Poster Abstracts

Abstract

Several studies have examined the relationship between performance and symptom validity via structural equation modeling for the MMPI-2 & MMPI-2-RF, where a weak to moderate relationship between performance and symptom validity has been observed. The present study extends this previous research by examining the relationship between the Test of Memory Malingering (TOMM) and the Personality Assessment Inventory (PAI) symptom validity tests. Participants included 638 consecutive clinical referrals for neuropsychological evaluation who completed the both the TOMM and the PAI (mean Age = 41.8, SD = 15.7; mean Education = 13.7, SD = 2.7; 53% female; 89% Caucasian). A latent variable model was fit following exploratory factor modeling that suggested a three-factor solution comprising cognitive performance validity, symptom overreporting, and symptom underreporting. The overall model demonstrated good fit with commonly used fit indices (e.g., Comparative Fit Index = 0.97), with a modest relationship between performance validity and symptom overreporting (r = -0.31, p<0.001), a stronger relationship between symptom overreporting and symptom underreporting (r = -0.56, p<0.001), with no significant relationship between symptom underreporting and performance validity (r = 0.07, p = 0.11). Overall, these findings are consistent with those found utilizing the MMPI-2 & MMPI-2-RF.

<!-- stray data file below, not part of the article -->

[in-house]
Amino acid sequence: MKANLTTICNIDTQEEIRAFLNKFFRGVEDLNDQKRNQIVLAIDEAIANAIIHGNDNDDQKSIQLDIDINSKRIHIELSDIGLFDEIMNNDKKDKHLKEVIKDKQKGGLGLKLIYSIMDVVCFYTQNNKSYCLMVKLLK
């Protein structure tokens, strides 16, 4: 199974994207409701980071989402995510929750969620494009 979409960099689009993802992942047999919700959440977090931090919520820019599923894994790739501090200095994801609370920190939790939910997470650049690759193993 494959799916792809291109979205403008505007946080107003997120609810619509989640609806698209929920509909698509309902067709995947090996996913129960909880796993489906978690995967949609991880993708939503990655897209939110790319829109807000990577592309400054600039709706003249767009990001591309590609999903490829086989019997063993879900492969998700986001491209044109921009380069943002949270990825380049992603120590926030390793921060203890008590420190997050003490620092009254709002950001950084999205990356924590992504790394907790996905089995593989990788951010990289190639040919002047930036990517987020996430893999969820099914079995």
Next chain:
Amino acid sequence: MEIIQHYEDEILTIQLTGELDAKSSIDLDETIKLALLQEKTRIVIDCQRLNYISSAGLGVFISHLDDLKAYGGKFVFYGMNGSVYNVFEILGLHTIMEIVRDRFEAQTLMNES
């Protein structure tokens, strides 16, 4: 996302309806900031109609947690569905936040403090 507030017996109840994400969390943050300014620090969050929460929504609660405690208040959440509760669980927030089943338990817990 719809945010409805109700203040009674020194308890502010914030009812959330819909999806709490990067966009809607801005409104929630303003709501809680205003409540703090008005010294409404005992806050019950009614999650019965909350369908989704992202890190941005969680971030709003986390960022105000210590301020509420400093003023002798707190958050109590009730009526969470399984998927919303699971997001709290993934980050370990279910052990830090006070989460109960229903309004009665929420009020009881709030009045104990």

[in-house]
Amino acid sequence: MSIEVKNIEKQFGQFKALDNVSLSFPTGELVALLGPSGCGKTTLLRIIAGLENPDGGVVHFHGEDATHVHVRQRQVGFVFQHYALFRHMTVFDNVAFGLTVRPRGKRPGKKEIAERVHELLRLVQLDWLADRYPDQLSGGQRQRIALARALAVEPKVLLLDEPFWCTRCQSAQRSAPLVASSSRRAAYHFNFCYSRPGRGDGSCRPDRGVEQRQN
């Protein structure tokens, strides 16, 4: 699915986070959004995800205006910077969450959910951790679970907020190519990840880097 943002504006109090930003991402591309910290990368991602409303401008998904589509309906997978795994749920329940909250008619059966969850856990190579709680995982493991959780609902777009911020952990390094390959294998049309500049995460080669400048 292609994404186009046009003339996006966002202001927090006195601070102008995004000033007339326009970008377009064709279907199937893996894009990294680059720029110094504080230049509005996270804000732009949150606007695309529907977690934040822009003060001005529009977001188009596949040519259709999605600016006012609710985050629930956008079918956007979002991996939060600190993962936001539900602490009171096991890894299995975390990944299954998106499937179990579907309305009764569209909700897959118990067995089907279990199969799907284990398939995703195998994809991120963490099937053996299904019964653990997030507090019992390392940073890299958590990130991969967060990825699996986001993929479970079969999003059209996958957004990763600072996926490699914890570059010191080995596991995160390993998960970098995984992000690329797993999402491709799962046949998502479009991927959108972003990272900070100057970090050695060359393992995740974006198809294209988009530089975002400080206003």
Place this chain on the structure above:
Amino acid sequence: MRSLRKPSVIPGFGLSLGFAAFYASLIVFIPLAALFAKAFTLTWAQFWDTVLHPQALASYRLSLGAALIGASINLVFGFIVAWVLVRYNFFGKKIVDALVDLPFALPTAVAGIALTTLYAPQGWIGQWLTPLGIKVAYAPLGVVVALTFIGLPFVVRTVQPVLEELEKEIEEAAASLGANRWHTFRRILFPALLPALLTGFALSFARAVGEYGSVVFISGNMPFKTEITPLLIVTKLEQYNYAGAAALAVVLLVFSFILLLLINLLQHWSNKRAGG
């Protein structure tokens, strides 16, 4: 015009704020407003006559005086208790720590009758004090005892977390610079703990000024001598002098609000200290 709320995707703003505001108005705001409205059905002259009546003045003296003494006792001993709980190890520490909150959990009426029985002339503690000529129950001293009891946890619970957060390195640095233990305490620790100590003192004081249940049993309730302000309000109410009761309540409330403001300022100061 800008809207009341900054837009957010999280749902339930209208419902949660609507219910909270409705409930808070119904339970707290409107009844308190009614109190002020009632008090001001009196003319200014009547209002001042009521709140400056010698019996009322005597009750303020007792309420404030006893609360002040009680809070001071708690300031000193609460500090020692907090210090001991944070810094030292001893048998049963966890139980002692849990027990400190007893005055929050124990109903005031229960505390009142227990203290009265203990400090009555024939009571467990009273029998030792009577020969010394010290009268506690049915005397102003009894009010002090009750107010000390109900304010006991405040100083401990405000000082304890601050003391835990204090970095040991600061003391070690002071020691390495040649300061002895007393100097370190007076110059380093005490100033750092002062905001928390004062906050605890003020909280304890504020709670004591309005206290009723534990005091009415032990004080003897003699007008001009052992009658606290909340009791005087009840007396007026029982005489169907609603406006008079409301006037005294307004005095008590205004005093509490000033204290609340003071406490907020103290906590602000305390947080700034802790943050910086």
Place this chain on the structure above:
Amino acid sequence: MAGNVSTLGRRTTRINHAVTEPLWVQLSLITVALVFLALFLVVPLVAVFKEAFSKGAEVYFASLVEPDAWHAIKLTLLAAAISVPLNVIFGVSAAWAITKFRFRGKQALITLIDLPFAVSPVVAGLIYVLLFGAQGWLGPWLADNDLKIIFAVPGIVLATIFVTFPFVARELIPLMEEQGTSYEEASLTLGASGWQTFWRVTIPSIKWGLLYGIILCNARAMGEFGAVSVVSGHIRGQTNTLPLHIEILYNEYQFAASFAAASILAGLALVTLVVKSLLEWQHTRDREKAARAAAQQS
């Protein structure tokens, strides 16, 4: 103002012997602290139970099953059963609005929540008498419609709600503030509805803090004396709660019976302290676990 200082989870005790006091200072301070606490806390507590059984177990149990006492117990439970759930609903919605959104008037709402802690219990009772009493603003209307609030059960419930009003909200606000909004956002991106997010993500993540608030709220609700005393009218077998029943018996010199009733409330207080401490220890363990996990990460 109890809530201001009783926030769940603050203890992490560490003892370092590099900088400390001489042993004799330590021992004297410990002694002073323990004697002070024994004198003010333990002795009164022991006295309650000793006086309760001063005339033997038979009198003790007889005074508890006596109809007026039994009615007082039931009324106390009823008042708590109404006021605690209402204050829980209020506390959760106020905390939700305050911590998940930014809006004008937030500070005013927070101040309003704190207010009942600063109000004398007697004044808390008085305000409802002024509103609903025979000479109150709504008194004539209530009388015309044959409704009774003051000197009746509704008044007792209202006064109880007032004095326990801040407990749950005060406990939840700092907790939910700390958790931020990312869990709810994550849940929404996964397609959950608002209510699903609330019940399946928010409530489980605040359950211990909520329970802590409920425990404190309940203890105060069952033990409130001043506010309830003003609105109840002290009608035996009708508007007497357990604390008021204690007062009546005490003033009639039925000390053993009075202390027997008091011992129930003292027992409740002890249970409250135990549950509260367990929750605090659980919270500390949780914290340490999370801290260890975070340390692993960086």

First AuthorOwen J Gaasedelen
Second AuthorKaley Boress
Third AuthorJeong Kim
Fourth AuthorSarah E Taylor
Fifth AuthorMichael Basso
Sixth AuthorDouglas M Whiteside